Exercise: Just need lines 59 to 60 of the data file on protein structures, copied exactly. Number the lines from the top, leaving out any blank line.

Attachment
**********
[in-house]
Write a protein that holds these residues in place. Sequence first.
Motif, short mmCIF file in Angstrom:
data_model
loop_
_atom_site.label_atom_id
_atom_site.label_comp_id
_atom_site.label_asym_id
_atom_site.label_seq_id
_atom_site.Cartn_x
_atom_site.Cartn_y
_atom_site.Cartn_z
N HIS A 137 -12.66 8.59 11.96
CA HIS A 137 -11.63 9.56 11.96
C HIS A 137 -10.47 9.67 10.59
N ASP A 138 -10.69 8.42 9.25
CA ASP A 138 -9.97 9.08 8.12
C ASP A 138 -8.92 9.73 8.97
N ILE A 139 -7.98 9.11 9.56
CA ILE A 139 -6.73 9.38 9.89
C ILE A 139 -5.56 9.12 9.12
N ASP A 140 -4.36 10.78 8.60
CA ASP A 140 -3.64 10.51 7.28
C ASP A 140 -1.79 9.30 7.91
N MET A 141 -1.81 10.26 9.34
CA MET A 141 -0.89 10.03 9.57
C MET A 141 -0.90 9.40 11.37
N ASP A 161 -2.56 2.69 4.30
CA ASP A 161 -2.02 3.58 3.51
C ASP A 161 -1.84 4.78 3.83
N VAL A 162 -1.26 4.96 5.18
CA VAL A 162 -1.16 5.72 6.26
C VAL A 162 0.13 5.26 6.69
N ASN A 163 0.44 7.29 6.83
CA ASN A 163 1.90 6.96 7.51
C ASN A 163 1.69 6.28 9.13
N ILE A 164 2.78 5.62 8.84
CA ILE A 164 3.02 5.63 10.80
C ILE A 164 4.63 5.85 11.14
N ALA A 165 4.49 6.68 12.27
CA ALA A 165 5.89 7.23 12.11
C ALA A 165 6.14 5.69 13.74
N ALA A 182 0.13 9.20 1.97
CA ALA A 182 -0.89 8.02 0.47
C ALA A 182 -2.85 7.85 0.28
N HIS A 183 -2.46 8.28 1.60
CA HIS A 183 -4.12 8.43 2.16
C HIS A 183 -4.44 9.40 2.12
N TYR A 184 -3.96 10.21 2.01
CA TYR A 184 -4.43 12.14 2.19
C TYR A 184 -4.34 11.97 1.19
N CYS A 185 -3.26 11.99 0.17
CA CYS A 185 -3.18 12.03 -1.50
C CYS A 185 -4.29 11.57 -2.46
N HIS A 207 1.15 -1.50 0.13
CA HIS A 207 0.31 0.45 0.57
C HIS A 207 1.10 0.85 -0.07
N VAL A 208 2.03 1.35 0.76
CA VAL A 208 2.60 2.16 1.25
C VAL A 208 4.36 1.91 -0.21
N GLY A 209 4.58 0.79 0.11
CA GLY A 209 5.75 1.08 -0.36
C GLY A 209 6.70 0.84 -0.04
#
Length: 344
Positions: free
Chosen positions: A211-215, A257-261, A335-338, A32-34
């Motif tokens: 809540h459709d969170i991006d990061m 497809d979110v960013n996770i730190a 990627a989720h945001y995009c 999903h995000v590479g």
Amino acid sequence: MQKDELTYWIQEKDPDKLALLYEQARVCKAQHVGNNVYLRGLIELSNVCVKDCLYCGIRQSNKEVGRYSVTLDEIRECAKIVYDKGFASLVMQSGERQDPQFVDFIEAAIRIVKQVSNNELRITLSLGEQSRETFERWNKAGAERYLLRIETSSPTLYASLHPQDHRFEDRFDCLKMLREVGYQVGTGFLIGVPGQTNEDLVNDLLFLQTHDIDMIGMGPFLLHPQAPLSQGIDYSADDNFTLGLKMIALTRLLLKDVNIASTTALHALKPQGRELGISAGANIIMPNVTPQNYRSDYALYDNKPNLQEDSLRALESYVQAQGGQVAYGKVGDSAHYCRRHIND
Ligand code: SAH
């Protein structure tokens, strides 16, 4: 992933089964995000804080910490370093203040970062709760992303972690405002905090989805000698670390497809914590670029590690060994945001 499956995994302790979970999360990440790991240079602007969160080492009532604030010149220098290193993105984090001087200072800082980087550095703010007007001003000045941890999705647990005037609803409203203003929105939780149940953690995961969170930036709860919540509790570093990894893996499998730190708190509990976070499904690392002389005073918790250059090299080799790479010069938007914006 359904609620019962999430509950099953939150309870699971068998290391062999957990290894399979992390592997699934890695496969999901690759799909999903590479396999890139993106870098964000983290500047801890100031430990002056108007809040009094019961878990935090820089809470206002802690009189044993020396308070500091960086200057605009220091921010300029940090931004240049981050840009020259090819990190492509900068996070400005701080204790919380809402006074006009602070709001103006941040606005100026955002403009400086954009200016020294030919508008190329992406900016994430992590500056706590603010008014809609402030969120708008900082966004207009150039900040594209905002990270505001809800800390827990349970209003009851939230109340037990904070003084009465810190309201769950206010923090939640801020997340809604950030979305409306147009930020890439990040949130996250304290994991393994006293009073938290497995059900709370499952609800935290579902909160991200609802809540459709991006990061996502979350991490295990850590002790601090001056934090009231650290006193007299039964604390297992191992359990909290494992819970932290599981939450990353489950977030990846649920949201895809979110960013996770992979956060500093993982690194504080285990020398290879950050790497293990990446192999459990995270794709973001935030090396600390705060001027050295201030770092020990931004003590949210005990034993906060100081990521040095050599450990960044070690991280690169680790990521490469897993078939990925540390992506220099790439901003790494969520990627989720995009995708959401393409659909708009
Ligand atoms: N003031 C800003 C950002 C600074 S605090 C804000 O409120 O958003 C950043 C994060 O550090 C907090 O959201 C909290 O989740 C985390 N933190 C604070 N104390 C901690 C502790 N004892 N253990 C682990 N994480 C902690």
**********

CA VAL A 208 2.60 2.16 1.25
C VAL A 208 4.36 1.91 -0.21